For the New England Philharmonic, world premieres are not unusual. In the 23 years with music director emeritus Richard Pittman at the helm, audiences could count on at least one or two per season, and in this year of searching for Pittman’s successor, there are several in the offing.
But generally when musicians are taking part in a premiere, they’re aware of it. The NEP and guest conductor Adam Kerry Boyles — one of four candidates in the running for the music director position — knew that Amy Beach’s 1903 concert aria “Jephthah’s Daughter” had seldom been performed since its composition in 1903. However, until quite recently, they didn’t know that they might be delivering the world premiere of the orchestral version. As of Sunday afternoon, there was no evidence the piece had ever been performed in its full orchestral glory rather than its piano/vocal reduction, so was it a world premiere? The world may never know, but considering the paltry recognition the orchestral version has received over the past 100-plus years, it may as well have been.
This season’s repertoire, “Jephthah’s Daughter” included, was selected in advance by a committee of New England Philharmonic members and leaders. Introducing the piece from the podium at the Tsai Performance Center at Boston University, Boyles said he hoped the performance would “lend the piece some legs.” Together with soprano Sarah Pelletier, he and the NEP made a strong case for why it deserves wings.
Beach, a composer and performer who lived in Boston for most of her career, left the score for “Jephthah’s Daughter” in Europe when her tour was curtailed due to the onset of World War I in 1914. Eventually, she recovered it in 1929, scholar C.E. Aaron wrote in the preface to the edition performed by the New England Philharmonic. However, no evidence could be found that it was ever performed with an orchestra, and Beach’s music faded into obscurity for several decades after her death. The only documented recent performance of “Jephthah’s Daughter” took place at a 1995 concert devoted to Beach’s music at Massachusetts Institute of Technology, with soprano Ellen Chickering and pianist Virginia Eskin performing the piano/vocal edition. Writing up the concert for The Boston Globe, Richard Buell noted the composer’s “enjoyment of the ampleness of ample forms,” imagining her saying to herself, “the better to upholster you, my dear.” Ultimately, the music was written off as a kitschy novelty.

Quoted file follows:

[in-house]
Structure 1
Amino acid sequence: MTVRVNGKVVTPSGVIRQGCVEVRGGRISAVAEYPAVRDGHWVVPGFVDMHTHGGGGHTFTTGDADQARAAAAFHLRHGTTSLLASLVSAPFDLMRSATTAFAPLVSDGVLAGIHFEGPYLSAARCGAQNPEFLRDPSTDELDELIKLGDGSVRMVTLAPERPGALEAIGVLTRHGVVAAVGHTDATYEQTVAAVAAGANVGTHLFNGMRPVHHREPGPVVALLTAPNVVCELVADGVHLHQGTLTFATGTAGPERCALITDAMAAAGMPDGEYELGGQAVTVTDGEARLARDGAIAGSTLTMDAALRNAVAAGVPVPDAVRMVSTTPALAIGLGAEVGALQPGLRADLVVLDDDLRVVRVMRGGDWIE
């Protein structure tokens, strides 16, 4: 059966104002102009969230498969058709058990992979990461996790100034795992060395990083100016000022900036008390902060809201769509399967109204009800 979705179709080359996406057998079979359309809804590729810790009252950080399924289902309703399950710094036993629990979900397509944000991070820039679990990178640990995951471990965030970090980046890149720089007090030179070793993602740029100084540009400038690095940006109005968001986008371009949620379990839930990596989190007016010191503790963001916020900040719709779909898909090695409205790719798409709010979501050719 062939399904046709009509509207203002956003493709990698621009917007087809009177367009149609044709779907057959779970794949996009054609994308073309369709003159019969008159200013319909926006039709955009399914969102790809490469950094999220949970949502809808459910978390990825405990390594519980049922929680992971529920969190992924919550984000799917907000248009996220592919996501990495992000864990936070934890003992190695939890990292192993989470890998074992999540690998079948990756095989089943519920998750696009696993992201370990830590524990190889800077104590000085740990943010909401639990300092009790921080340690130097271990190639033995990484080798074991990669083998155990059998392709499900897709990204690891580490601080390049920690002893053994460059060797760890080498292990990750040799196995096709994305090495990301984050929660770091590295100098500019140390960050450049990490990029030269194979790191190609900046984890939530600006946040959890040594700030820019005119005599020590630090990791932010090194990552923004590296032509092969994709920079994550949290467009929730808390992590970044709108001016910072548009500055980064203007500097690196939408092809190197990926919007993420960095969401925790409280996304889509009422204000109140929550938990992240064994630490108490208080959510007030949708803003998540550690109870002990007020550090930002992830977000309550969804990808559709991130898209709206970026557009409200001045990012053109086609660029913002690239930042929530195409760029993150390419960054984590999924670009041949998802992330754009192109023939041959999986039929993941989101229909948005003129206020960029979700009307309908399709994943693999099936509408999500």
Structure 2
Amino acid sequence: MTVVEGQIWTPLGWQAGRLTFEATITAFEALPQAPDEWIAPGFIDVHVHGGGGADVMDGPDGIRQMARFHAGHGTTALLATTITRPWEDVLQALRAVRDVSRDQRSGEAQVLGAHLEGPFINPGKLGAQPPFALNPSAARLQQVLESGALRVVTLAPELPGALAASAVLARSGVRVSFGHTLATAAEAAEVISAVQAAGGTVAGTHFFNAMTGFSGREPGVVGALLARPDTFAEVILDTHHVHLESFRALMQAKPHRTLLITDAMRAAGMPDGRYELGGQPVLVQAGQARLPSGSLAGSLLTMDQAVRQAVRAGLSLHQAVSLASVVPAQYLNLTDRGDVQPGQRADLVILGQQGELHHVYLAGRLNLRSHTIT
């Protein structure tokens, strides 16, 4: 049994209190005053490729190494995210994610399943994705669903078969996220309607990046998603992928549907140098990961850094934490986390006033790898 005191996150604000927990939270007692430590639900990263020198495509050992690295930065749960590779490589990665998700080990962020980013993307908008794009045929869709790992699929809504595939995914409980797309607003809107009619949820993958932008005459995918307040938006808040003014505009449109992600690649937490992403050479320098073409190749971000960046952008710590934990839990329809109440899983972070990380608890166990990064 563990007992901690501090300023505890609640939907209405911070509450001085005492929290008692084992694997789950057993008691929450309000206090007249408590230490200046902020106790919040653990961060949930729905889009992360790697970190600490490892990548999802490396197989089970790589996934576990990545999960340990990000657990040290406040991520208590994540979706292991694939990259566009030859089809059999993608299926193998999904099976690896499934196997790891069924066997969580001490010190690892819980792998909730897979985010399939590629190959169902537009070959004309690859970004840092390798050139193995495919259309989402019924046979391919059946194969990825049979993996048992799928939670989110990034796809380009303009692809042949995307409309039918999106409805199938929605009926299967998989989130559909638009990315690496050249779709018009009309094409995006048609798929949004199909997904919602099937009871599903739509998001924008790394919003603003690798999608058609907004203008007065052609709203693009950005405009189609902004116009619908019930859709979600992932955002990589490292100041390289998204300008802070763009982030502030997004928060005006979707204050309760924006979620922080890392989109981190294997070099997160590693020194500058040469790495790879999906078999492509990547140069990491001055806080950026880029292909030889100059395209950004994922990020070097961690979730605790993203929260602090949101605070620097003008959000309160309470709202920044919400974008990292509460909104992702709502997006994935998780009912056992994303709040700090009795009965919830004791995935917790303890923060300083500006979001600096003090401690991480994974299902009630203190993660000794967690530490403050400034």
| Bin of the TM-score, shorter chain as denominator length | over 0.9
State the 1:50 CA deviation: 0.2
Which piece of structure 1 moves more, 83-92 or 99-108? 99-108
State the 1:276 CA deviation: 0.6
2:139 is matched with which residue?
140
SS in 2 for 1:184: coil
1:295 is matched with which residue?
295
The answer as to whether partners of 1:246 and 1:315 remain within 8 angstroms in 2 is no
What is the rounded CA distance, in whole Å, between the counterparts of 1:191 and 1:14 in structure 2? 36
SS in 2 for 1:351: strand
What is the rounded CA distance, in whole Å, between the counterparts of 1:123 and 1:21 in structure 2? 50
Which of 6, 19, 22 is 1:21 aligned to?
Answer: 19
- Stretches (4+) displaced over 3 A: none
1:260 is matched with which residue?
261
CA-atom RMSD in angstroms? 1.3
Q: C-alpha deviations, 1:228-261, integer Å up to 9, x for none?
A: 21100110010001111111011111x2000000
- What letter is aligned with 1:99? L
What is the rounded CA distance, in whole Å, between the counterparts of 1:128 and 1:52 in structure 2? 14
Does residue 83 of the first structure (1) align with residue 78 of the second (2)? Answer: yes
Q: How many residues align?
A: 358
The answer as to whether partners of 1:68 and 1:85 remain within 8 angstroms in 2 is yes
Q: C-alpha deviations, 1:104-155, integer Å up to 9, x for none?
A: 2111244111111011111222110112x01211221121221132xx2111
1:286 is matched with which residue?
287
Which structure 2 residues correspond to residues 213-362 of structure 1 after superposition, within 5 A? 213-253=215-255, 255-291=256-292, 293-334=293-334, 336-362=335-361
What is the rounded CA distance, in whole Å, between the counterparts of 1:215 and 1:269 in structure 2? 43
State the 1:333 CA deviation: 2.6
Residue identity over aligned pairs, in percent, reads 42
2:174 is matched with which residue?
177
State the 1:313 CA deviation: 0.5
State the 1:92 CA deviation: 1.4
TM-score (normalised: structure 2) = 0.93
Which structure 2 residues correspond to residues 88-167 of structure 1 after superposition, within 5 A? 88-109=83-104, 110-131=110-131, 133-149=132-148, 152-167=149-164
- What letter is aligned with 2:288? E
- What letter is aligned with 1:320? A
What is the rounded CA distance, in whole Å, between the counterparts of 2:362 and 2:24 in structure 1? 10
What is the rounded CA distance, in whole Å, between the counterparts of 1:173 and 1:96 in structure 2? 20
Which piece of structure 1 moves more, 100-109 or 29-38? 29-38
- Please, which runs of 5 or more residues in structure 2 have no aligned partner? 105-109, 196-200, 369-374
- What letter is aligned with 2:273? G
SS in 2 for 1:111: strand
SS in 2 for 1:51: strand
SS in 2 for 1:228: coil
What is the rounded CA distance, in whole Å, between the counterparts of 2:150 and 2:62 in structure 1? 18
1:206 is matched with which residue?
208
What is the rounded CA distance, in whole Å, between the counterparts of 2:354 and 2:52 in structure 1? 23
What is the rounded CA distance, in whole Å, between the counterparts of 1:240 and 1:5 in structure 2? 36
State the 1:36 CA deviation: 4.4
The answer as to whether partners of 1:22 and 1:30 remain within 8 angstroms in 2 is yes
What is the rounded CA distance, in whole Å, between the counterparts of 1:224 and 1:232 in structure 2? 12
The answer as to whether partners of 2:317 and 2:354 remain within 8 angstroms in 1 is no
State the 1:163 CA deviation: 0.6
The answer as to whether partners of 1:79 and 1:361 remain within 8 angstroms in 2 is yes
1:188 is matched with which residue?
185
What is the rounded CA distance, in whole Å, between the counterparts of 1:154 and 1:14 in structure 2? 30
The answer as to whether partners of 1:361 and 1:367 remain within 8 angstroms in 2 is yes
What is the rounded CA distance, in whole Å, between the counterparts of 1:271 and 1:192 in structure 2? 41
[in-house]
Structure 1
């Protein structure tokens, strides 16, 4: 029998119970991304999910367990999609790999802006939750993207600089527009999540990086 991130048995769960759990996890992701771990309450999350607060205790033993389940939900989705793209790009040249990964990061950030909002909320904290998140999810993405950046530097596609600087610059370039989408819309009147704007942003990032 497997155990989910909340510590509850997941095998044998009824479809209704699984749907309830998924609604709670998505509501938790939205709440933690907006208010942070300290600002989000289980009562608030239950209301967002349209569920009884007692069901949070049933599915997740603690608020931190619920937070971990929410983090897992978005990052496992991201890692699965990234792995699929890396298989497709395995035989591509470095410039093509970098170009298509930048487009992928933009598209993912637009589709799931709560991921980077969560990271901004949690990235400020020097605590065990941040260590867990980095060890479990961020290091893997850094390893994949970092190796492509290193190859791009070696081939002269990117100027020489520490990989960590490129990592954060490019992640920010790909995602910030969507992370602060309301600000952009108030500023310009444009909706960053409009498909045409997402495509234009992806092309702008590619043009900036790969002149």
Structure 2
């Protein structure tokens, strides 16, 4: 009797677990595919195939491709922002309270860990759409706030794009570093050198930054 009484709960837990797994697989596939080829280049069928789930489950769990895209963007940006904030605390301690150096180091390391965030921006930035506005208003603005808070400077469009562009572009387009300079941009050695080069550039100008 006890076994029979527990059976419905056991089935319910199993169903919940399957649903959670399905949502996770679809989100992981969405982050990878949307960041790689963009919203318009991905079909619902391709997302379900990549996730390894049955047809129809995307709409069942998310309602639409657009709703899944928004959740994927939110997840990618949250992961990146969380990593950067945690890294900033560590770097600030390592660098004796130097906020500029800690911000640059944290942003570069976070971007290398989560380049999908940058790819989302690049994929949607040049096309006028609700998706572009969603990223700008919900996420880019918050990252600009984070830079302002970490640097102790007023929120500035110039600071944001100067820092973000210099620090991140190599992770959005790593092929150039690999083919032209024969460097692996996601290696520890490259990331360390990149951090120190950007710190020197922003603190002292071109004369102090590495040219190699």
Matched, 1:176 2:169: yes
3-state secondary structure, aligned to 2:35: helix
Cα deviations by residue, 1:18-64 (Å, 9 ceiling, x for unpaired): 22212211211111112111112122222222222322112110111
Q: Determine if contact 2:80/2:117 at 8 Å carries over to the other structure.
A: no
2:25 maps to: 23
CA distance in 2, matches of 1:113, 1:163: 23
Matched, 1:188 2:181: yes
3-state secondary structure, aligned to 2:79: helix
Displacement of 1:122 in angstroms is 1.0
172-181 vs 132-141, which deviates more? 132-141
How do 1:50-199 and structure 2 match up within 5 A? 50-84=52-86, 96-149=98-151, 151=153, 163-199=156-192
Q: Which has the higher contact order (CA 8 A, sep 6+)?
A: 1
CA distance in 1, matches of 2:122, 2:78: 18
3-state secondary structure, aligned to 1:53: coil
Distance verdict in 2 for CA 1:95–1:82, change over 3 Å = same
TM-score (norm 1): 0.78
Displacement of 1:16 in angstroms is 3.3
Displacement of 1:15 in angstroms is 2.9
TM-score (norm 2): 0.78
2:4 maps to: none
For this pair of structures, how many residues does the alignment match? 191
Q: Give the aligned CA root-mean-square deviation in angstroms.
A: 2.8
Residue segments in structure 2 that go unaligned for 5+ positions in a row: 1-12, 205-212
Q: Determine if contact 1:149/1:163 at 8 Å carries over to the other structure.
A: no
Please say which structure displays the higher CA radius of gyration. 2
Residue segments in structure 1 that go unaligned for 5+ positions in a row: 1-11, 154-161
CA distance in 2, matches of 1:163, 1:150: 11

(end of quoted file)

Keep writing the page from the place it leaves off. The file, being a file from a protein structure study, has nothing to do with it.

Twenty-six years later, I can conclude that, much like the piece’s central figure — the nameless Book of Judges maiden who was either sacrificed or cloistered for the rest of her life because of a promise her father made to God — “Jephthah’s Daughter” got a raw deal. Pelletier’s face was hidden behind a singer’s mask, though no visuals were necessary thanks to the torrent of emotion she gradually unleashed in her pellucid voice. The only improvement would have been keeping the text in its original French, rather than the composer’s workable but unwieldy translation into English. Behind Pelletier, the orchestra readily rendered Beach’s vibrant chromatic landscape, and Boyles dialed up the intensity in tandem with the soloist. Is it possible that absent the rich textures of the orchestra, the piano/vocal version could have sounded blander than intended? Absolutely, and now that the full version has been dusted off, the time seems right for a revival.
From an audience member’s perspective, Boyles set a high bar for the next three music director hopefuls to visit the New England Philharmonic podium this season. Michael Gandolfi’s flashy fanfare “Stepping Up” was uncharacteristically shaggy (a shortage of rehearsal time for the shortest piece, perhaps?) but a shimmer illuminated Bernard Rands’s “DREAM.” Rands’s impressionistic piece could have faded into the ether on first hearing, but because Boyles took a few minutes to excerpt important themes and moments for the audience, including an eerie, hazy “Hitchcock chord” that he dubbed “the key of the piece,” the journey suddenly had several landmarks. Boyles’s field guide to the piece was enthusiastic and comprehensive but succinct, and the concert lost no momentum.
Sixteen-year-old Ella J. Kim, this year’s Young Artist Competition winner, took a turn in the spotlight with Saint-Saens’s virtuoso showpiece “Introduction and Rondo Capriccioso” and merited a shower of bravas. The program’s capstone was the Suite No. 2 from Ravel’s “Daphnis and Chloé”; principal flutist Michael Horowitz contributed a Syrinx solo that would be the envy of any professional orchestra, and as Boyles conducted the final bacchanal scene, the music seemed close to spinning off the rails — but never did. If the impression Boyles left in the rehearsal room with the orchestra is anything like what he showed the auditorium, the director search is off to a strong start.